NABOKV-L post 0020856, Sun, 10 Oct 2010 10:27:32 -0300

Fw: [NABOKOV-L] Demon Veen, Lisianski and Kruzensthern,
Nabokov and Baron von Langsdorff: circumnaviagations.
On Demon Veen's death and references to circumnavigation in "Ada":

When he described Demon Veen´s interest in a Pacific island, Nabokov inserted a discrete reference to the Russians who traveled around the world by the sea. Before that, Van's memoirs privileged special travels and unfulfilled projects to explore Africa and South America. There was also reference to Julius Verne's various novels (Capt. Grant's, and also "Around the World in Eighty days"). Uncle Dan, himself, circled the globe three times before he married Marina.

I discovered that, in 1803-06, Captain I. F. Kruzenshtern and Commander Lisianski were the first Russians to circumnavigate the globe. There's an "Atlas of Kruzenshtern's Circumnavigation", published by the Russian Academy of Sciences in 1813, in St. Petersburg. Kruzenshtern and his deputy commander Lisianski Urey were separated at the Hawaiian Islands and Lisianski continued his voyage to the island that carries his name in the Hawaiian Chain. The indication made by Nabokov for the Kruzenshtern and Lisianski travels, inserted in a paragraph about Van´s father Demon Veen, mentions that Demon died after the "gigantic flying machine had inexplicably disintegrated at fifteen thousand feet above the Pacific between Lisiansky and Laysanov Islands in the Gavaille region"(A, 504) Lisianski Urey discovered the island that carries his name in the Hawaiian Chain. It is also in Gavaille (Hawaii) where we find the Laysan island (paired to Lisianski island) and the Laysan albatross (Diomedeidae) which breeds on islands in the mid-Pacific, especially those of Hawaii. Lisiansky himself translated into Enlgish his book "A Voyage round the World", published in 1814. *

There is an interesting link between Van and Lucette hours before she threw herself overboard of the "Tobakoff":
connections: Marina "saw giant flying sharks with lateral eyes taking barely one night to carry pilgrims through black ether across an entire continent from dark to shining sea" (A,xx) Next, "The porcelain-white, eye-spotted Cowl (or 'Shark') larva (.) had safely achieved its next metamorphosis, but Ada's unique Lorelei Underwing had died (A,xx ). Fiunally ...'But you swim faster,' as Lucette complained(.): 'Mezhdu prochim (by the way), is it true that a sailor in Tobakoff's day was not taught to swim so he wouldn't die a nervous wreck if the ship went down'...Van: 'When michman Tobakoff himself got shipwrecked off Gavaille, he swam around comfortably for hours, frightening away sharks with snatches of old songs and that sort of thing, until a fishing boat rescued him - one of those miracles that require a minimum of cooperation from all concerned, I imagine'. Demon, she said, had told her, last year at the funeral, that he was buying an island in the Gavailles".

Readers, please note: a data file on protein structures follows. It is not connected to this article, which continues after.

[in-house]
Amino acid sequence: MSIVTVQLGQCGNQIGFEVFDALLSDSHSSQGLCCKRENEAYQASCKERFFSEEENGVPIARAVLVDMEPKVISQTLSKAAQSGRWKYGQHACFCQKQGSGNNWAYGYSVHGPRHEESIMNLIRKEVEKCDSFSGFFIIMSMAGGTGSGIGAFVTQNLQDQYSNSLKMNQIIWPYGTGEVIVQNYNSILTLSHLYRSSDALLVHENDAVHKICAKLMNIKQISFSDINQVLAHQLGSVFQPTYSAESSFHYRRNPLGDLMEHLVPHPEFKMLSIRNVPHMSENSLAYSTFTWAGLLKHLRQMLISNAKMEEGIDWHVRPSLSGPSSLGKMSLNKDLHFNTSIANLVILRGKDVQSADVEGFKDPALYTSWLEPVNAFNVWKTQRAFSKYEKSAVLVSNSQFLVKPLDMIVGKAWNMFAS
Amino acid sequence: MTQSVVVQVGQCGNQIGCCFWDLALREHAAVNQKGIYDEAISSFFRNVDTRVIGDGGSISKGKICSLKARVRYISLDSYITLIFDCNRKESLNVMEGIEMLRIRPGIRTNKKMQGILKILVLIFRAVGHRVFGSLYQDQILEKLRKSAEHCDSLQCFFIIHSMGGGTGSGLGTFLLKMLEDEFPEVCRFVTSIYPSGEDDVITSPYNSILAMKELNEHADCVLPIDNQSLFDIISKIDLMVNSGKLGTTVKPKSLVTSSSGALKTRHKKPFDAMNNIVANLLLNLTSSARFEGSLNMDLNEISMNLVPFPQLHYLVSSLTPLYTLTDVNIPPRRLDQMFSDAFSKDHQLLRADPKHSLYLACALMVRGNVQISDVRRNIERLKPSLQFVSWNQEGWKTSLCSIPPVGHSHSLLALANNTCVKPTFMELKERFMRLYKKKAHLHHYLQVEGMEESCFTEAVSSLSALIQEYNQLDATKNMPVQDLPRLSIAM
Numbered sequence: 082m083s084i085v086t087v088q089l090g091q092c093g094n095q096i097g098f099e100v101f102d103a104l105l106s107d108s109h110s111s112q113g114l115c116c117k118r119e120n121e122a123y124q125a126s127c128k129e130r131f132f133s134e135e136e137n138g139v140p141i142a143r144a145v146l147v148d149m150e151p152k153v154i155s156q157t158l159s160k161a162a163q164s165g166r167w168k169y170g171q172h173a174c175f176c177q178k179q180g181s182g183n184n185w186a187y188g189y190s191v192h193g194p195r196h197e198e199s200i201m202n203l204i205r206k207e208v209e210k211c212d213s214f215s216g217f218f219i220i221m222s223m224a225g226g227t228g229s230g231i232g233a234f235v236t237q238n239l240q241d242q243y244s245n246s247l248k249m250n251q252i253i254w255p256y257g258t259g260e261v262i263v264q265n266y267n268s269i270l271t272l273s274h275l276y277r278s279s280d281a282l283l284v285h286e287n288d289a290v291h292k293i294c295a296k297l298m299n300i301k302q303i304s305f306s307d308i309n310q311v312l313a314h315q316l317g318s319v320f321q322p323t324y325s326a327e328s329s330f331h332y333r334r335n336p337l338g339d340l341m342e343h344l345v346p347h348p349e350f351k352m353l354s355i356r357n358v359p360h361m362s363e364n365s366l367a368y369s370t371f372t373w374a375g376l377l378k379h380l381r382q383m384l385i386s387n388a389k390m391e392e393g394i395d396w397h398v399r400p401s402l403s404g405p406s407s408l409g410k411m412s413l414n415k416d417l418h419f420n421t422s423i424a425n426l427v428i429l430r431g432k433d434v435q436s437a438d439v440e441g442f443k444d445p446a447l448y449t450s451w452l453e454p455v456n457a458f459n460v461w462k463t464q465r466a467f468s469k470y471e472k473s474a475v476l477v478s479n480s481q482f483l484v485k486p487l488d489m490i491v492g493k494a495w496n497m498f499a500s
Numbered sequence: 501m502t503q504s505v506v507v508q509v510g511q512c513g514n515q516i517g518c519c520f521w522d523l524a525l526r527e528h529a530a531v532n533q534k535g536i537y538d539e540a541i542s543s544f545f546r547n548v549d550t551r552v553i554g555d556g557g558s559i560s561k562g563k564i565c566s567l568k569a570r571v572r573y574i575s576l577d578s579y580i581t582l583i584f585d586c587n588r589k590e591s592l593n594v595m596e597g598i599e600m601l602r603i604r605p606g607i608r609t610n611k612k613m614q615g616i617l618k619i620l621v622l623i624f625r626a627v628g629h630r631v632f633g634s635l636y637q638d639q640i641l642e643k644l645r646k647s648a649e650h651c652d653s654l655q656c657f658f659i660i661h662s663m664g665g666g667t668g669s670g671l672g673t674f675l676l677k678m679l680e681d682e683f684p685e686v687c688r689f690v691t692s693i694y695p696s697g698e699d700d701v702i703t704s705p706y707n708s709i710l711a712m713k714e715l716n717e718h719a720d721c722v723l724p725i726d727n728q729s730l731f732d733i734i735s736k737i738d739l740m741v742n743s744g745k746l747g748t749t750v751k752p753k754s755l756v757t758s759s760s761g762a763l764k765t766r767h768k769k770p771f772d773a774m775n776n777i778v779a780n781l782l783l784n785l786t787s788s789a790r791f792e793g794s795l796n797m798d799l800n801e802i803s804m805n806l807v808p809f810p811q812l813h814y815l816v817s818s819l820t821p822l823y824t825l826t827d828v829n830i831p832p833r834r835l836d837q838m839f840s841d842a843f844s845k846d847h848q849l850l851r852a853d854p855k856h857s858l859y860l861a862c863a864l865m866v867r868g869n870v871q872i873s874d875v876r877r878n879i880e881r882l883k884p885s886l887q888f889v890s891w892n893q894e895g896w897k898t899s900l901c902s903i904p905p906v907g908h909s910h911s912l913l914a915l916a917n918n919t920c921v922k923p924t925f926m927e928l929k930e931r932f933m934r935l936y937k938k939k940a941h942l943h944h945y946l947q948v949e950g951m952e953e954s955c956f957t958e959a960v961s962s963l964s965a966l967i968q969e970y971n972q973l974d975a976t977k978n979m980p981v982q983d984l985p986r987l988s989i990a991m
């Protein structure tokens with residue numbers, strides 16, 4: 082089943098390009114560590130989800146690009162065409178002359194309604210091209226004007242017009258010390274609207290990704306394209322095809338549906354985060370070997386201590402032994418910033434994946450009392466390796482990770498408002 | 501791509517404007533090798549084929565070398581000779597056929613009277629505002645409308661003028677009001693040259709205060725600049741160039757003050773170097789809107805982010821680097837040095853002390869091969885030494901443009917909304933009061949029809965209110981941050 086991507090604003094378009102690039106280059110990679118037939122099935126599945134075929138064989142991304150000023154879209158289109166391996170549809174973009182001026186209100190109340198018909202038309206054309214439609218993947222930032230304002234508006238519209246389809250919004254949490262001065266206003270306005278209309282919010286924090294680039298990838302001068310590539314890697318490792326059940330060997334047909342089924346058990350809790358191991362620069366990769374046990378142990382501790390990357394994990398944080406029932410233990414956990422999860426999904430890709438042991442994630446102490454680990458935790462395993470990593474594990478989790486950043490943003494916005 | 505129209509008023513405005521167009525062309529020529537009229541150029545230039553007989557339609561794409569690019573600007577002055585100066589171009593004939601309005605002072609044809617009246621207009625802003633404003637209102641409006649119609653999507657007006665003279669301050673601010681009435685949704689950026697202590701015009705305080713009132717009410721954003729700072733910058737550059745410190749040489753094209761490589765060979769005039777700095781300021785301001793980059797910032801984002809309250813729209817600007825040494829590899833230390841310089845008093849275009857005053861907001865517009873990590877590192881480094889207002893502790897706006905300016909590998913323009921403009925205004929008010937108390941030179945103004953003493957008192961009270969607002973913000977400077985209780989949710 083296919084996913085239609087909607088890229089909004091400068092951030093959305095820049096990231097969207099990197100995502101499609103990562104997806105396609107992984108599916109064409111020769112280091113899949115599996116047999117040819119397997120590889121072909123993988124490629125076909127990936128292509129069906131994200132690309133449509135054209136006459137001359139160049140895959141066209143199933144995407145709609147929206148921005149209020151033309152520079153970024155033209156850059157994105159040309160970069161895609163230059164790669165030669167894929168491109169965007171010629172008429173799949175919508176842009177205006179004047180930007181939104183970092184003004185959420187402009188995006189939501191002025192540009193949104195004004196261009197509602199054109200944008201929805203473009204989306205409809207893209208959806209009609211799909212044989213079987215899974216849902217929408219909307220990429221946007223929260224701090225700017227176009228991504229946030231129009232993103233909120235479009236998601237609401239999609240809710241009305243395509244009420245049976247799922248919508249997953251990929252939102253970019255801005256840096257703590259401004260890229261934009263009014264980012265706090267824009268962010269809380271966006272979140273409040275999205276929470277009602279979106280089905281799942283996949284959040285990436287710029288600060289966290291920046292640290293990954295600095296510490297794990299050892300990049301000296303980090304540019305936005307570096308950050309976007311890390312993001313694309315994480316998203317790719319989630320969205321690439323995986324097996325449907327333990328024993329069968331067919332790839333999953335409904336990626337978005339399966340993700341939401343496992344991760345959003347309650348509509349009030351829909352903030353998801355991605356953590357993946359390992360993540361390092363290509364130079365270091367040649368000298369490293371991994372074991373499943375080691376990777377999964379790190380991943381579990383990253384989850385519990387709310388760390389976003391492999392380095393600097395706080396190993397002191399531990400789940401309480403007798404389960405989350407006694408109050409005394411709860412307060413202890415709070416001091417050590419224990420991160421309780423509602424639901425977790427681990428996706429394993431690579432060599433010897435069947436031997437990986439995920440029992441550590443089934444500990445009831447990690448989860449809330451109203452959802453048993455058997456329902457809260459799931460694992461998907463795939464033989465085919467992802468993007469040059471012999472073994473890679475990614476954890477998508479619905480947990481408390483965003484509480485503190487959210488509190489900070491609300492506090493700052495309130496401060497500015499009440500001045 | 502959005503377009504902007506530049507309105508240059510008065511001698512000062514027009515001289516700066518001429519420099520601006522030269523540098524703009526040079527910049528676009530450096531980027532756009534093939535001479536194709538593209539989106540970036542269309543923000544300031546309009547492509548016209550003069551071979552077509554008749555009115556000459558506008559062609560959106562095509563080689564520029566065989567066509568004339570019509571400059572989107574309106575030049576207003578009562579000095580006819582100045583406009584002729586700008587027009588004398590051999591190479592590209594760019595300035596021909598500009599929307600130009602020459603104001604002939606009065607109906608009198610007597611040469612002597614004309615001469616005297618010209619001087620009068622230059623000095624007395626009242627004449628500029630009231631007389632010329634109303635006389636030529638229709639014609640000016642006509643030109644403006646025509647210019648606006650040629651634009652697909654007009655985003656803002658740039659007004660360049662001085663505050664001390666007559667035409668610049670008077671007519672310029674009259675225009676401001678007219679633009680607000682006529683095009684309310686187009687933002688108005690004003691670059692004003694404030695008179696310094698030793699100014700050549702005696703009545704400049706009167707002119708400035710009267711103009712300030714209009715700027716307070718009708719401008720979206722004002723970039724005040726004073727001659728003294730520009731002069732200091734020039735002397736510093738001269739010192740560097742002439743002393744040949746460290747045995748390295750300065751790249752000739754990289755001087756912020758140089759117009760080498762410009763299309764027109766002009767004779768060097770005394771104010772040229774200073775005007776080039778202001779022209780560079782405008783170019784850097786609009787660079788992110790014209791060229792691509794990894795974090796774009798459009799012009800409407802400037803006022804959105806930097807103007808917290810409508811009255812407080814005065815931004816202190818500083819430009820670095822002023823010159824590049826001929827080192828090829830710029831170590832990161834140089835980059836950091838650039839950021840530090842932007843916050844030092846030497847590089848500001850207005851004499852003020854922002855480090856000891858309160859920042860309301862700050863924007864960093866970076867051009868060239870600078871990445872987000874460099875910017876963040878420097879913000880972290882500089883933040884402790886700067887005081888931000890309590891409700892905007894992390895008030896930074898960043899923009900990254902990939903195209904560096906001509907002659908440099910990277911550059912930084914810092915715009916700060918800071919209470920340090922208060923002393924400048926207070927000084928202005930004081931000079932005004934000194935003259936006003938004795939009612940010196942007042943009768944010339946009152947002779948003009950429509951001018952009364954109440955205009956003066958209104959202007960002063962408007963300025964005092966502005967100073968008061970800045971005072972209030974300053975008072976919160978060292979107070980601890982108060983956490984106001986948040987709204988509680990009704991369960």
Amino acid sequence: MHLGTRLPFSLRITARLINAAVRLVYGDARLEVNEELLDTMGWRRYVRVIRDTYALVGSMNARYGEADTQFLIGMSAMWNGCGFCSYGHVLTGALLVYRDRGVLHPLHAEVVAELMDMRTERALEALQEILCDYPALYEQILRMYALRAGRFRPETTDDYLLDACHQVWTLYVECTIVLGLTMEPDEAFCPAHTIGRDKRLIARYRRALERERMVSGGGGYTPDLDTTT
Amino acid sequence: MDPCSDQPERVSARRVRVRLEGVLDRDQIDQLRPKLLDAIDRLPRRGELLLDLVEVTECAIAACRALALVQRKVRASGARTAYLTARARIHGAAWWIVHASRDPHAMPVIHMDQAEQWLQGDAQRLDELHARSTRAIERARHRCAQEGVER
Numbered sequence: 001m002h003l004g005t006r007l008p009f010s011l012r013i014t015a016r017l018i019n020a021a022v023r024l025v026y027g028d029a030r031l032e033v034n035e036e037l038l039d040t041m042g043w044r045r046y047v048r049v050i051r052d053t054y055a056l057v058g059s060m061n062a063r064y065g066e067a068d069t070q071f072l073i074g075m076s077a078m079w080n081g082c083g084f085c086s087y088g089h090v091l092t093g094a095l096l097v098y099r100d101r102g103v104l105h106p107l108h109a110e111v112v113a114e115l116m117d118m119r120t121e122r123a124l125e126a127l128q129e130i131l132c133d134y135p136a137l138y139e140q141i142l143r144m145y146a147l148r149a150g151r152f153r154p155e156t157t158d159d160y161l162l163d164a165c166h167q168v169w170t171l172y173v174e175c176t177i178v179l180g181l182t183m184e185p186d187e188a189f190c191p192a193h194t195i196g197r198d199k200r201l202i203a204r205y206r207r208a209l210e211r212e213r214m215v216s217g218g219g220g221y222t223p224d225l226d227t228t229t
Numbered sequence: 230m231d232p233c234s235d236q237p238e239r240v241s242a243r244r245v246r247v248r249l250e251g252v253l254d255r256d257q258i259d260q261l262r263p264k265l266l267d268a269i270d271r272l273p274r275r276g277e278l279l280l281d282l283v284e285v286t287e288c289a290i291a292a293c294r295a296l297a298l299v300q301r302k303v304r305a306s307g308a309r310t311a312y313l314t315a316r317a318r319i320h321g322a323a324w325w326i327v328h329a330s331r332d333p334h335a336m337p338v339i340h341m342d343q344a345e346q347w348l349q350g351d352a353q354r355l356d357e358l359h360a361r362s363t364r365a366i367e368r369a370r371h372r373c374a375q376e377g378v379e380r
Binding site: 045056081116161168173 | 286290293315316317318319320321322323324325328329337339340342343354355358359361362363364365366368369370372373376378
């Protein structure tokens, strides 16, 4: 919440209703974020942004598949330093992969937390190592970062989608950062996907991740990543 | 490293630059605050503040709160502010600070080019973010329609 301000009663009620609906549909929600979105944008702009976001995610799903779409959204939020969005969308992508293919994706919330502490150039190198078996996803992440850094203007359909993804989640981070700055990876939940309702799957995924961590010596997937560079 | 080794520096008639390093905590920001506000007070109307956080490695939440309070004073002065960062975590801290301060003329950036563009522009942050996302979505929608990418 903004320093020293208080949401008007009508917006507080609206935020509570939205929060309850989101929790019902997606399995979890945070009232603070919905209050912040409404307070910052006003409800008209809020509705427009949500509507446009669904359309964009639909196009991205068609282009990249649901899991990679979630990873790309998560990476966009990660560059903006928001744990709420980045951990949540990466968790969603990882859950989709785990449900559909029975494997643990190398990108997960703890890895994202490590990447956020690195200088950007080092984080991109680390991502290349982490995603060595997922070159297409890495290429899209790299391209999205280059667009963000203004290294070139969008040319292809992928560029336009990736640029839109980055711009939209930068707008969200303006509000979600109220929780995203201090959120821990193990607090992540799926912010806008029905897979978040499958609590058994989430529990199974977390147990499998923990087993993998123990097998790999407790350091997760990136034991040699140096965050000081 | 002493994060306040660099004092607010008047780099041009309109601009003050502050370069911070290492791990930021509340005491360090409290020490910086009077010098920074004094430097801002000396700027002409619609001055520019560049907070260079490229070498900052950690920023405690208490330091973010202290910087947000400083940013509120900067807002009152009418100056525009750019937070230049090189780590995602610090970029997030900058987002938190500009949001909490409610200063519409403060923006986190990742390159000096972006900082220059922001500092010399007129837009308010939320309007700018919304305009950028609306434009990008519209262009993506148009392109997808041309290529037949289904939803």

Van's records link ships (vapors) and airplanes using the image of the shark. In the same stroke he also referred to Hawaii (Demon´s Gavailles over which his plane exploded and Tobakoff suffered a shipwreck) and to the songs by sirens (a Sirin mermaid Lucette sending messages as Lorelei?). B.Boyd observed that the words "a doubled ocean" could mean, among other things, "the Atlantic and the Pacific, as marking the east and west boundaries of the Americas and the west and east of Russia (18:01)", a meaning suggested by the Lisianski island reference in Ada.

btw: The information above was part of a text on "Mascodagama" in which I tried to examine links with Portuguese navigator Vasco da Gama (whose adventures are narrated in the Epic "Os Lusíadas" by poet Camões, translated into English by Sir Richard Burton). At the time I hadn't realized that another person, with strong links with Brazil (and reported to have collected at least a thousand different butterfly specimens) had joined Lisianski and Kruzenshtern's expeditions. His name, in Russian, is Grigori Ivanovitch Langsdorff. Considering Nabokov's references to the chief navigators and his interest in the "blues" found in Brazil, or one of Marina's lovers trips to Rio de Janeiro, I wonder why there was no reference, by Nabokov, do Baron von Langsdorff (or perhaps I didn't spot it?) Unless the missing documents, or their inability to preserve the butterfly specimens, were particularly frustrating to Nabokov, for even Alexander Humboldt has been considered in connection to Ada. I cannot remember the Baron anywhere...**

*Krusenstern, Adam J. Von. A Voyage Round the World in the Years 1803-1806... on Board the Ships Nadeshda and Neva (St. Petersburgh, 1809-1812 3 volumes; German version 1810-1814 3 volumes; London, 1812 2 volumes; French version 1821 2 volumes; Amsterdam, N. Israel, 1968).